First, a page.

I know I should stay away from newspaper articles on trans issues, especially tabloid newspapers, but I’m seeing one story being endlessly re-linked around the web with no comment on its content – content which I find objectionable on several grounds. So I guess I’ll just have to do it myself, she muttered, hefting the pink sparklehammer of deconstruction and casting a jaundiced eye over the offending tabloids.
The gist of the story concerns a trans man who came to Britain from Pakistan in December 2007, when he claimed asylum. Apparently he came to Britain to undergo his medical transition because, as the man’s solicitor, Toufique Hossain, said: “The claimant has a well-founded fear of persecution as a transgender male if returned to Pakistan”.
In the intervening 21 months between coming to Britain and finally winning his case it seems that not only has his transition been delayed, but he has also been held at Yarl’s Wood immigration detention centre in an all-female unit. I wonder what kind of a field day the tabloids would have had if this had been a cis man held in an all-female detention centre.
I digress. The point is that this is a fairly short news article even though the case itself is notable as the Home Secretary has been made to reconsider a decision to refuse asylum to a trans man. This apparently follows a series of previous decisions to refuse asylum to trans people. In the words of the anonymous asylum seeker’s solicitor, Toufique Hossain:
“The [Home Office’s] acceptance of this case now amounting to a genuine fresh claim is a significant development in the treatment of transgender applicants within the immigration/human rights context.”
You would think there were substantial issues arising from this case that would merit further analysis and discussion. Instead, we have the story picked up by only two tabloid newspapers, each of which displays varying degrees of cissexism and transphobia in its coverage. The Daily Express’ treatment is noticeably more offensive, not least for its insistence on misgendering the asylum seeker from start to finish. As if that wasn’t enough, it then quotes a representative of the clearly reactionary TaxPayers Alliance as saying:
“This is yet another example of the myriad of ways in which people can gain free access to taxpayers’ money and residency. While it is right that we are a safe haven for those in fear for their life, the definition of what qualifies for asylum has gone too far.”
Which smacks as a variation of the very racist trope usually heard as something like “Damn foreigners, coming over here and stealing our jobs”. It’s a frankly ludicrous assertion in the light of Judge Mark Ockelton’s comment that he had “real difficulty” in understanding why the Home Office persisted in defending its decision despite the “strong evidence” in the asylum seeker’s favour. Toufique Hossain again, demolishing in one sentence the outraged whining of the political-correctness-gone-mad brigade:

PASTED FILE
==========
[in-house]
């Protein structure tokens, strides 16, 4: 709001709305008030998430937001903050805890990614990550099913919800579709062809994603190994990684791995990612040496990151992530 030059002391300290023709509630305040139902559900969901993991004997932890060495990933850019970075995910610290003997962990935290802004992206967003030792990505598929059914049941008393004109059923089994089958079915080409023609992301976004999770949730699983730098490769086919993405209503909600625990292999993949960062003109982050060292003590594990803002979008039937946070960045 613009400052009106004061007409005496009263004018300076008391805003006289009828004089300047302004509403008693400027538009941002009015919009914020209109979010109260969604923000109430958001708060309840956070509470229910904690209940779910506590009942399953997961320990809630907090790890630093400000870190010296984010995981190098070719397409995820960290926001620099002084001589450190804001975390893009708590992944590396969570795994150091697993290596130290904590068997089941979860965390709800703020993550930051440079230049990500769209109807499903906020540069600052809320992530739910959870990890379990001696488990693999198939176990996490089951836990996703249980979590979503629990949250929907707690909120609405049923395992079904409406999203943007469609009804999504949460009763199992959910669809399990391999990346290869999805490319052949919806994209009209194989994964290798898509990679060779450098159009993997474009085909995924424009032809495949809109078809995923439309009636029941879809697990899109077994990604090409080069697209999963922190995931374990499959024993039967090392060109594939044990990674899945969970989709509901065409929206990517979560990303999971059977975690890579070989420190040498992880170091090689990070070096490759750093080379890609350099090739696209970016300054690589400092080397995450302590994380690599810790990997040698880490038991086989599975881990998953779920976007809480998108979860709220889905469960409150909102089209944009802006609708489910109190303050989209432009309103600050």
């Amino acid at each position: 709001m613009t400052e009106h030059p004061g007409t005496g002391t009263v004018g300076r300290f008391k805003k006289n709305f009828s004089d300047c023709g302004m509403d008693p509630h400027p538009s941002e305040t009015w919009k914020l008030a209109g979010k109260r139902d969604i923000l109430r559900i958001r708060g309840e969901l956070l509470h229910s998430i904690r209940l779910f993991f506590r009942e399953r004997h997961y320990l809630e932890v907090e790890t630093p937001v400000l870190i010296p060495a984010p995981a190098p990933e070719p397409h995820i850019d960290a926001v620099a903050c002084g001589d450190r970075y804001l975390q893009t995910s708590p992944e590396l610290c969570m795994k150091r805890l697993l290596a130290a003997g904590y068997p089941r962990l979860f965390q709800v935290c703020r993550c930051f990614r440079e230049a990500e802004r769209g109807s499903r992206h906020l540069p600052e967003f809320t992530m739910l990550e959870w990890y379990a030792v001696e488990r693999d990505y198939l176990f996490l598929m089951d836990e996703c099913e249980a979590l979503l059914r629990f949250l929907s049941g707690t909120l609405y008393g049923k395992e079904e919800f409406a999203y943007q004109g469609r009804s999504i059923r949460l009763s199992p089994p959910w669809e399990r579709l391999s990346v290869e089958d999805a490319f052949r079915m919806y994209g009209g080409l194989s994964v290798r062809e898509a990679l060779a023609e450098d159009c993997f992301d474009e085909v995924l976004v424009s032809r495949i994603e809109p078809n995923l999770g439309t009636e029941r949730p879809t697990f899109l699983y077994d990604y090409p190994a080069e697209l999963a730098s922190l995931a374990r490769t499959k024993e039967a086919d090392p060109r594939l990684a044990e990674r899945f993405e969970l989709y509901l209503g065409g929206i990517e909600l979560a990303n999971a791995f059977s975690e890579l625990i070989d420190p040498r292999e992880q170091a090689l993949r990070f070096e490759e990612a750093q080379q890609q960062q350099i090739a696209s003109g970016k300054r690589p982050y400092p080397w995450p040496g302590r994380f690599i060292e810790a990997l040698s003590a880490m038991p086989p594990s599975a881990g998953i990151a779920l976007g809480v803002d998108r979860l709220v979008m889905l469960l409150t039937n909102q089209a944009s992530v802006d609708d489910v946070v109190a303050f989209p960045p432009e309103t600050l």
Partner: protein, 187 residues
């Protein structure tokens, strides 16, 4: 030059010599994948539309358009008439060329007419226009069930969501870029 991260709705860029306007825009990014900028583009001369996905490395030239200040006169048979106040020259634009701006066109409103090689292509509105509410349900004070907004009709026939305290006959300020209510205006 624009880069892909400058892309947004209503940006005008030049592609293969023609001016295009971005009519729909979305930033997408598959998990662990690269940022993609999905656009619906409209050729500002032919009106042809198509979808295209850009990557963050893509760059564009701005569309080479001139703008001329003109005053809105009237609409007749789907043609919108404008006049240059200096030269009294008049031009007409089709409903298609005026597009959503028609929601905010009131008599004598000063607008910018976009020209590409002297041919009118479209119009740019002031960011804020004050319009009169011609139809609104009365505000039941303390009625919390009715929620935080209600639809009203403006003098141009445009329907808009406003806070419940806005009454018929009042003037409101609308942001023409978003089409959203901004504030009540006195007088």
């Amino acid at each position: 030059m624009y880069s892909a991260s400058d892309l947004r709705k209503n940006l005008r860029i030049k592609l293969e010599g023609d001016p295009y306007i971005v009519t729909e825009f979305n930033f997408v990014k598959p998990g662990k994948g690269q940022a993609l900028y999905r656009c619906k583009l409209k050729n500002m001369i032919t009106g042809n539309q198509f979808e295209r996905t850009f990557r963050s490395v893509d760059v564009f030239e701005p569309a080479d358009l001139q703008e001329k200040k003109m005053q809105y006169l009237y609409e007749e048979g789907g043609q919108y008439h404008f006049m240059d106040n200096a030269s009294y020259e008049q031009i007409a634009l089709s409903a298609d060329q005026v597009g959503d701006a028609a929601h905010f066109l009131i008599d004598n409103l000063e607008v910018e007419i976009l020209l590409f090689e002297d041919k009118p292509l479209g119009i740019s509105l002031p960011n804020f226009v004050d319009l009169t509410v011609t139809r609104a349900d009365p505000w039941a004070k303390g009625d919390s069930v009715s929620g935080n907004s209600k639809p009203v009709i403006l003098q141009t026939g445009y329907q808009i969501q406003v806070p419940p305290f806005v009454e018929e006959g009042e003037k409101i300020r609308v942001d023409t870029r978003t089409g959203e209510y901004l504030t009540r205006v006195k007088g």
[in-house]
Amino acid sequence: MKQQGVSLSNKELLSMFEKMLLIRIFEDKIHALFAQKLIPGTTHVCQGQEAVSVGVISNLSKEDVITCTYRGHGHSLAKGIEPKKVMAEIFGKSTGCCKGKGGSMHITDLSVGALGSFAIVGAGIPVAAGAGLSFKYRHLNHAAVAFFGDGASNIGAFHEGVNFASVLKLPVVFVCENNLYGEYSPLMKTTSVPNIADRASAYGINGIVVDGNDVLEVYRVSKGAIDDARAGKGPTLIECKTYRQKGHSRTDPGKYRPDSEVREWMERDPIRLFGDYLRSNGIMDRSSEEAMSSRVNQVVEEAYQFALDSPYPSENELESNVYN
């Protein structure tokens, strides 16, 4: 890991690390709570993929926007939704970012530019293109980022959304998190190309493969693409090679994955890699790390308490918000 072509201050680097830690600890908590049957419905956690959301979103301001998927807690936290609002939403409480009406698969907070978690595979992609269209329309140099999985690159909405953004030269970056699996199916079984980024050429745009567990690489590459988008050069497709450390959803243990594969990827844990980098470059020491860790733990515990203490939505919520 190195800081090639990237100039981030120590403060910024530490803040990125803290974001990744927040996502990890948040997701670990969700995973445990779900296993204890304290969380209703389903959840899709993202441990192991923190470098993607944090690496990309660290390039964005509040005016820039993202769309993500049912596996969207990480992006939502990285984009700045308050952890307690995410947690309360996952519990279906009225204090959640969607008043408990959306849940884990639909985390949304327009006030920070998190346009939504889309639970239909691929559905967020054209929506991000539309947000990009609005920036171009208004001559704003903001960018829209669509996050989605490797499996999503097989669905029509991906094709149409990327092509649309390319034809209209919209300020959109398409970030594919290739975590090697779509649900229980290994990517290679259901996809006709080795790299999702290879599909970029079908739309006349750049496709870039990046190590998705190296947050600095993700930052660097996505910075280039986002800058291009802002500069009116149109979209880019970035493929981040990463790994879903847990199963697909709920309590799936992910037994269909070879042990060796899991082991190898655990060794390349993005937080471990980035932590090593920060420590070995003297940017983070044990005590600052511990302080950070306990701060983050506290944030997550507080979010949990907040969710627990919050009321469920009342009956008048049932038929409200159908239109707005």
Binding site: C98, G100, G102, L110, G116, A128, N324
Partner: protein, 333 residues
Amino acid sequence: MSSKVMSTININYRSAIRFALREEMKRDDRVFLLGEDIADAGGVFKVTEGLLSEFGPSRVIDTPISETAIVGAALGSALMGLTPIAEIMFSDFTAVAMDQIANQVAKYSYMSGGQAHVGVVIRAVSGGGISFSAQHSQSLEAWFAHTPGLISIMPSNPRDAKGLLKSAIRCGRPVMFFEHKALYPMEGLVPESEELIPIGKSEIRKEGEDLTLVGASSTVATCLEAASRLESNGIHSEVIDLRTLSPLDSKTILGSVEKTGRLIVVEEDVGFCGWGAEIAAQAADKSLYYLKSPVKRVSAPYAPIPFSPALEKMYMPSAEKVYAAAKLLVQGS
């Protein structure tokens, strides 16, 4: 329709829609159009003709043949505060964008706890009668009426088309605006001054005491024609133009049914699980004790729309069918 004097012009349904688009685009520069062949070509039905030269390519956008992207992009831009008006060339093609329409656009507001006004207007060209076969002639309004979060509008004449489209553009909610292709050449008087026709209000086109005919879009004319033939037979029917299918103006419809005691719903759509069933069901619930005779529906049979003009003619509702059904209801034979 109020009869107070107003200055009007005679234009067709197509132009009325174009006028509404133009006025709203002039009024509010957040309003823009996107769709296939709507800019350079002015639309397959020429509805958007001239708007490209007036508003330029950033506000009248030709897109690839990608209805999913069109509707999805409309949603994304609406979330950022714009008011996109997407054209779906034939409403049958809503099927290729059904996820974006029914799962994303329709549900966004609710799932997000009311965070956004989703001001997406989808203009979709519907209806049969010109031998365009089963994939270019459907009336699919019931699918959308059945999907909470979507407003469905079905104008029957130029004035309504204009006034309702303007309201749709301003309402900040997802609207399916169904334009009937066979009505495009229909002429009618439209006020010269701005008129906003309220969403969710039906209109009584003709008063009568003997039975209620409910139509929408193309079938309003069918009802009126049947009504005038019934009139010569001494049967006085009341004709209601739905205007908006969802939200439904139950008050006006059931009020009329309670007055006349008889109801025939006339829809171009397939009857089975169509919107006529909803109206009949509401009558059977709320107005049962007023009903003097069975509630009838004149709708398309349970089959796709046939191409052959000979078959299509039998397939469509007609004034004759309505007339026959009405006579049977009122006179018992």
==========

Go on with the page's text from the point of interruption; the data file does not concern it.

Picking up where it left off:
“It is unfortunate that the Home Secretary only reached this decision with the assistance of the High Court – significant public funds would have been saved if an earlier and sensible decision was made.”
But perhaps the award for the most subliminally racist, Islamophobic and scaremongering quote should go to the Worthing Herald for this toxic little paragraph:
Human rights lawyers believe the case could set a precedent for other transgender applicants from Muslim countries who say they fear ill-treatment because their condition is not understood in the Islamic world.
It first tries to give itself objectivity by referring to (unspecified) human rights lawyers, before playing on the racist and xenophobic fears of middle England. The idea that every trans man in Pakistan will now be on the next plane over because of Britain’s “completely lax immigration policy” defies belief. And where is “the Islamic world”, anyway? You’d think it was on another planet and its inhabitants had to hop aboard a flying saucer to come here with their apparently single-minded aim of “squandering taxpayers’ money”. Never mind that the outcome of this case makes it clear that they’d actually have solid, legitimate health reasons for doing so. And meanwhile, how many Brits are heading abroad as so-called “medical tourists”? I’m not seeing much of an outcry about that from these journalists.
The tabloid press, pfft.